The mountain bikes were in decent shape considering most roads here are sand. It has been 2 months since I rode a bike and I was in heaven with the heat, beaches on my left the whole way, and mangroves to my right most of the way.  After 4 miles, we came to the wall and took some photos. Behind and above it was a lookout where the US built and maintained a radar station until the 60’s. We didn’t see pink flamingos at the brackish pools we stopped at, but we’re all but guaranteed to see some here.

    The next morning we got an amazing breakfast at our place. I think we’re the only guests at our hotel. It’s not bad for $65 or so with a king bed, full breakfast, fridge, AC, and a view of the sea and pond from the room. At breakfast, we could see a lone pink flamingo in the brackish pond.  Fresh juice - check. Eggs - check. Coffee - check. Fresh fruit - check. Flamingo - check.

    Then it was off for our tour to Los Tuneles. We were fitted for mask, fins, snorkels, and wetsuits the day before and were set to go. We had fellow tourists from Annapolis, MD, Brasil, Croatia, and France.  Our speedboat went about 45 minutes up the coast to the lava formations and we spent a good hour in the water. 

    Wow!  What a jackpot. This is the place. It’s probably the spot where I’ve seen the most interesting marine species. And within 3 minutes of getting on the boat at the dock we saw a Stingray and a school of 20 or so blacktip sharks. Our guide Gabriel said he’d never seen a school of them there before so close to the dock.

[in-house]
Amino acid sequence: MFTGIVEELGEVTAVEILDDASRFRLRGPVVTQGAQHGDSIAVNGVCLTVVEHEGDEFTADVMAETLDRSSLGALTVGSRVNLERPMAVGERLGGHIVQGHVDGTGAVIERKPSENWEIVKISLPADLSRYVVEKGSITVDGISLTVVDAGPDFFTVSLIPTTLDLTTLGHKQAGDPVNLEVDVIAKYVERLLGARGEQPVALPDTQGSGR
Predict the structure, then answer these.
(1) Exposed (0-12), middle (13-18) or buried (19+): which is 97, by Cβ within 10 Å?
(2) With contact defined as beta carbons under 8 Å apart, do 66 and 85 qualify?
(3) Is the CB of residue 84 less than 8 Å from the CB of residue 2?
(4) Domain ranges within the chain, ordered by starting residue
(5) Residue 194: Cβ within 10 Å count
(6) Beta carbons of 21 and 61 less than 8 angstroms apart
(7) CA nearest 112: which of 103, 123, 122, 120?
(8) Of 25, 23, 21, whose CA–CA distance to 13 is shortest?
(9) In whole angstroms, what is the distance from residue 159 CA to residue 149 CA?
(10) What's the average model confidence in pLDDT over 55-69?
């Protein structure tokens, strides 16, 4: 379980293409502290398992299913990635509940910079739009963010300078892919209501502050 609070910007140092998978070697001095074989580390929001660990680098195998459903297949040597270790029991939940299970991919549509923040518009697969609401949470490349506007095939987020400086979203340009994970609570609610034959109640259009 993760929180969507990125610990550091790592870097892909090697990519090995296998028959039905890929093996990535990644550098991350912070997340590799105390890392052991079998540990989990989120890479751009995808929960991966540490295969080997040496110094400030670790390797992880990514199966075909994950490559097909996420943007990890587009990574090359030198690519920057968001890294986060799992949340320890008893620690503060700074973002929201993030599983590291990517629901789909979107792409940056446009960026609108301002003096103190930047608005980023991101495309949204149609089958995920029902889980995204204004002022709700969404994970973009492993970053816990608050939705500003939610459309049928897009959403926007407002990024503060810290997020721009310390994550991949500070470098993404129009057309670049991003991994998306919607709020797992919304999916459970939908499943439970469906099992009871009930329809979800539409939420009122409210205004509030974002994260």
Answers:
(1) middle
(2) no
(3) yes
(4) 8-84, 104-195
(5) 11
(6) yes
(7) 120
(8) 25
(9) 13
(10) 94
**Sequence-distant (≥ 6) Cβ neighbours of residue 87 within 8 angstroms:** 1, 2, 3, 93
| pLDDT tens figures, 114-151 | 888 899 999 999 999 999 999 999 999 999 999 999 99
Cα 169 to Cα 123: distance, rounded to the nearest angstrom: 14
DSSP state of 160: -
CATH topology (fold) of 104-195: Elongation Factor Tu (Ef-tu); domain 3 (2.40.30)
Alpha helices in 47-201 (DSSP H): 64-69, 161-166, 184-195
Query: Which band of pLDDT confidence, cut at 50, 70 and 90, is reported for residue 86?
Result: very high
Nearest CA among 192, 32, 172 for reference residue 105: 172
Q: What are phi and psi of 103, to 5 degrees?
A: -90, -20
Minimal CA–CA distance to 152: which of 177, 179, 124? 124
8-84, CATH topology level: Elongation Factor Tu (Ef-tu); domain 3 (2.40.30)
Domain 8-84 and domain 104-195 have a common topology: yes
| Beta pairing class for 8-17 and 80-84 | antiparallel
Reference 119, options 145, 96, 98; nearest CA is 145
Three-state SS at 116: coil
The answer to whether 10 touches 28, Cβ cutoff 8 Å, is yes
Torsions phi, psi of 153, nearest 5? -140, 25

Here’s a list of what else I can remember we saw:

    - 4 large sea turtles, including one that was about 300 pounds and another couple that was having sex as we sped by. Now I’ve seen the giant land tortoises and sea turtles mating.  Happy turtles here!

    -Another Stingray

    - Three species of seahorses, about 5 in all.

    -8 or so large white tip reef sharks, including one that was about 2 meters. We got within a few feet of them. They hang out on the sand in 1 meter of water or so under shelves.

    -Rainbow fish

    -Sea lion pups - one of which played with us and swam around us for 10 minutes. The day before, I swam with one at a snorkel spot in town and he rubbed his whiskers on my leg and nibbled at my ankles like a puppy.

    -A chocolate chip starfish - I spotted this one and asked Gabriel to come over. It was shaped like a starfish but it looked like a plant. It was 2 shades of brown and had dark spots, so it looks like (and is named for) a chocolate chip cookie!

    -An absolutely adorable Galapagos Penguin.  One of the crew on the boat spotted him and made a call and the penguin responded and swam over. They continued to call to each other for a few minutes while we watched and filmed.